To investigate the prevalence of adult-onset insulin-dependent diabetes mellitus (IDDM) in a nationally representative sample of adults 30–74 years of age. Although it is a widely held belief that onset of IDDM in adults is rare, there are few objective data to support this. Adult-onset IDDM may represent a disease that is biologically distinct from youth-onset IDDM, and it would be important to distinguish these two entities.


The Second National Health and Nutrition Examination Survey (NHANES II) contained a national probability sample of 12,102 subjects 30–74 years of age in the U.S. population. All subjects with diabetes diagnosed by a physician before the survey were identified. Cases of IDDM defined by age at diagnosis ≥ 30 years, continuous or nearly continuous insulin treatment since diagnosis of diabetes, and relative body weight ≤ 125 were classified as adult-onset IDDM.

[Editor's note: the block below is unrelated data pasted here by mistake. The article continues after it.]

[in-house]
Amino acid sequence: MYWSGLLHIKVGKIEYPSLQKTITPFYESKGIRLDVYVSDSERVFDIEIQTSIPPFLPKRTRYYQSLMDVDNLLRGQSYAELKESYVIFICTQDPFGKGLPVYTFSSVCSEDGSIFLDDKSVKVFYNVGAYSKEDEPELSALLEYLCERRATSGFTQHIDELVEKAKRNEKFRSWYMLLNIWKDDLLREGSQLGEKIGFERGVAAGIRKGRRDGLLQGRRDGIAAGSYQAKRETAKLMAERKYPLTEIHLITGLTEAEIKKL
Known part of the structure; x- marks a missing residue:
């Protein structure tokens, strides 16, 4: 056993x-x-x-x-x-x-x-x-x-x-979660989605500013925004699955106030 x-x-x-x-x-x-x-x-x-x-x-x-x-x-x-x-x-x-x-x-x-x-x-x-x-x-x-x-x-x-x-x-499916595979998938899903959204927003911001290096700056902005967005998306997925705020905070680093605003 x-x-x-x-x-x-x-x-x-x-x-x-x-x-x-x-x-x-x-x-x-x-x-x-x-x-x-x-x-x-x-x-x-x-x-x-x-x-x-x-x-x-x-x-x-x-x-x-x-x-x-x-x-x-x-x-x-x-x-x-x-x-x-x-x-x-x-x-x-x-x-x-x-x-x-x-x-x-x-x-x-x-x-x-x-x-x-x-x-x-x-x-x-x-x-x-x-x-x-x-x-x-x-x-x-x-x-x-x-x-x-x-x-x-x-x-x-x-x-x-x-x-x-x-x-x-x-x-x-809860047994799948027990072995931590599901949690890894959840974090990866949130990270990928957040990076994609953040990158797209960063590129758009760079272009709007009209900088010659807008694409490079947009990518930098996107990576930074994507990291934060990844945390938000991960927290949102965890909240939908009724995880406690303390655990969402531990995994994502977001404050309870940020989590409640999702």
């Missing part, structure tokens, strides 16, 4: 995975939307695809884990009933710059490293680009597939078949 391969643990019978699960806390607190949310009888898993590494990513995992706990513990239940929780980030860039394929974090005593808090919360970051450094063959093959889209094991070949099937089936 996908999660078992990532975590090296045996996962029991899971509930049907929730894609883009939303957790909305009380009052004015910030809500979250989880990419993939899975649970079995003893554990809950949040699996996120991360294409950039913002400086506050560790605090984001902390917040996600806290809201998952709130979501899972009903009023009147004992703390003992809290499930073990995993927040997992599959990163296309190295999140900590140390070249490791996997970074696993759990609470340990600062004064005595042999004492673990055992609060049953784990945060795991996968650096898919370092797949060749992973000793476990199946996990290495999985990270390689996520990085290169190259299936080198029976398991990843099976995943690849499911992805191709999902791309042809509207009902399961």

Subjects with adult-onset IDDM represented 0.30% of the U.S. population 30–74 years of age and 7.4% of all diabetic patients diagnosed at 30–74 years of age.


These data indicate that onset of IDDM in adults is uncommon. Given the limitations of the survey instrument, subclinical or slowly progressive IDDM (as distinguished from non-insulin-dependent diabetes mellitus with progressive loss of β-cell function) would not have been detected, and these would constitute additional cases of adult-onset IDDM. However, the data suggest that a very large population base would be required to identify sufficient numbers of adult-onset IDDM cases for study of the etiology and pathogenesis of this disease.

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